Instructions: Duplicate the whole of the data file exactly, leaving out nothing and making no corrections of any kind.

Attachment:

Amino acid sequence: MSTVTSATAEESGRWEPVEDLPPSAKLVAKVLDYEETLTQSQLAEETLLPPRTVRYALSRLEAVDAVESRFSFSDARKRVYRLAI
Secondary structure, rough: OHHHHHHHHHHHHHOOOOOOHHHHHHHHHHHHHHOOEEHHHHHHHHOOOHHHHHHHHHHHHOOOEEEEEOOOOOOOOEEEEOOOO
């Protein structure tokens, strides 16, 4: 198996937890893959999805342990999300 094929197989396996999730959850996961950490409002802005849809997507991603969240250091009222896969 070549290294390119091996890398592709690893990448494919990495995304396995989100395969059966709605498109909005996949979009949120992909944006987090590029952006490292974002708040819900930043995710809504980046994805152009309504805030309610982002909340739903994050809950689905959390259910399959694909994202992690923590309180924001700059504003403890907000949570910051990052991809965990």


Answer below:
Amino acid sequence: MSTVTSATAEESGRWEPVEDLPPSAKLVAKVLDYEETLTQSQLAEETLLPPRTVRYALSRLEAVDAVESRFSFSDARKRVYRLAI
Secondary structure, rough: OHHHHHHHHHHHHHOOOOOOHHHHHHHHHHHHHHOOEEHHHHHHHHOOOHHHHHHHHHHHHOOOEEEEEOOOOOOOOEEEEOOOO
């Protein structure tokens, strides 16, 4: 198996937890893959999805342990999300 094929197989396996999730959850996961950490409002802005849809997507991603969240250091009222896969 070549290294390119091996890398592709690893990448494919990495995304396995989100395969059966709605498109909005996949979009949120992909944006987090590029952006490292974002708040819900930043995710809504980046994805152009309504805030309610982002909340739903994050809950689905959390259910399959694909994202992690923590309180924001700059504003403890907000949570910051990052991809965990």